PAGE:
We are in the thick of autumn. I learned two weeks ago that in Chinese medicine, fall is a season for grieving. I've been feeling that emotionally and energetically. Not only as I watch the trees change colors and shed their leaves, as the flowers go to seed and turn brown, but I'm truly feeling like a lot of my identity is dying away as I continue to adjust to parenting a teenager and thinking ahead to the next phase of my life (should I be so fortunate is forever and always the unsung lyric in my cells).
Every day brings an internal sense of loss as I watch families around me with their younger children out playing, out trick-or-treating, out walking home from school with their tiny backpacks and tiny hands entwined with their mothers' hands. Every time I attend my art portfolio development class at the community college, as I learn about other artists' paths, as I learn about BFA and MFA programs, as I sit among the 20-somethings with their whole lives ahead of them to ponder such decisions, some of my own identity as an artist dies away.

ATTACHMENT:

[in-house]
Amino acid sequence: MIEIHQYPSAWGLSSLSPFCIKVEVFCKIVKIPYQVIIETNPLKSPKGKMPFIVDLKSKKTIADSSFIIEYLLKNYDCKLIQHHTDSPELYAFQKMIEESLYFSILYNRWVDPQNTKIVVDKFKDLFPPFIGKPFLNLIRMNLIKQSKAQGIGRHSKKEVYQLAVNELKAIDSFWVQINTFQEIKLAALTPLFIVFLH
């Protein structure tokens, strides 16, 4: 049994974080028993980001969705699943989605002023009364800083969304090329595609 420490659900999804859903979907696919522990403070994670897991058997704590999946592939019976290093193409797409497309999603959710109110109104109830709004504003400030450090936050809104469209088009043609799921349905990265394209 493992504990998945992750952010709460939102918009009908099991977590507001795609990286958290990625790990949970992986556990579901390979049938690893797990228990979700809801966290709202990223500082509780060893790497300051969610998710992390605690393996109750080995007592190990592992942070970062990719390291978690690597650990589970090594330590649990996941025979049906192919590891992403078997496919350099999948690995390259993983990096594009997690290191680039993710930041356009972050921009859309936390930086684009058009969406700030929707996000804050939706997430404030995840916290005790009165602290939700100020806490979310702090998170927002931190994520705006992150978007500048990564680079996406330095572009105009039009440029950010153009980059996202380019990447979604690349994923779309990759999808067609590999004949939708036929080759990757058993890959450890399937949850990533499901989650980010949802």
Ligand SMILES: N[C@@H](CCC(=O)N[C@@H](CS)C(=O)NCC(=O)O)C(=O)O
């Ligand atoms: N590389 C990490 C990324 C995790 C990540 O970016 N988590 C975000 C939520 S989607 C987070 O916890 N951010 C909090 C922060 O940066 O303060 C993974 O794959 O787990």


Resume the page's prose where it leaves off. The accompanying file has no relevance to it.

Any notion of my path ahead is shrouded in mist this season. As I research career paths and talk to people with clearly defined career paths, there is another layer of grieving who I was, who I am, who I am to be. Every time I tune into the news, I grieve for the suffering in my city, my state, my nation, my world.
Yes, I would agree that fall is a season for grieving. I'm learning to lean into it, to recognize it and call it by its name, to trust that it's leading me somewhere anew (for example, to artist Richard Tuttle, this interview with him showed me I have some kind of energetic connection with him), to understand this is the natural cycle of life.
"I always aim to live seasonally anyway," I say to myself.
So. What is soothing my grieving heart?
1. Making art (read the story of this collection here).
2. Observing nature (this is my ginko tree flowing in the fall breeze).
3. Pure love.
5. Taking action for the midterm election. It's my personal dream is to see 90%+ turnout nationwide so we can see where we really stand in this country. No more of this half the population staying home during our elections. Please vote.
6. This quote:
If I am not for me, who will be for me?
And when I am for myself alone, what am I?
And if not now, then when?
— Rabbi Hillel, Pirkei Avot 1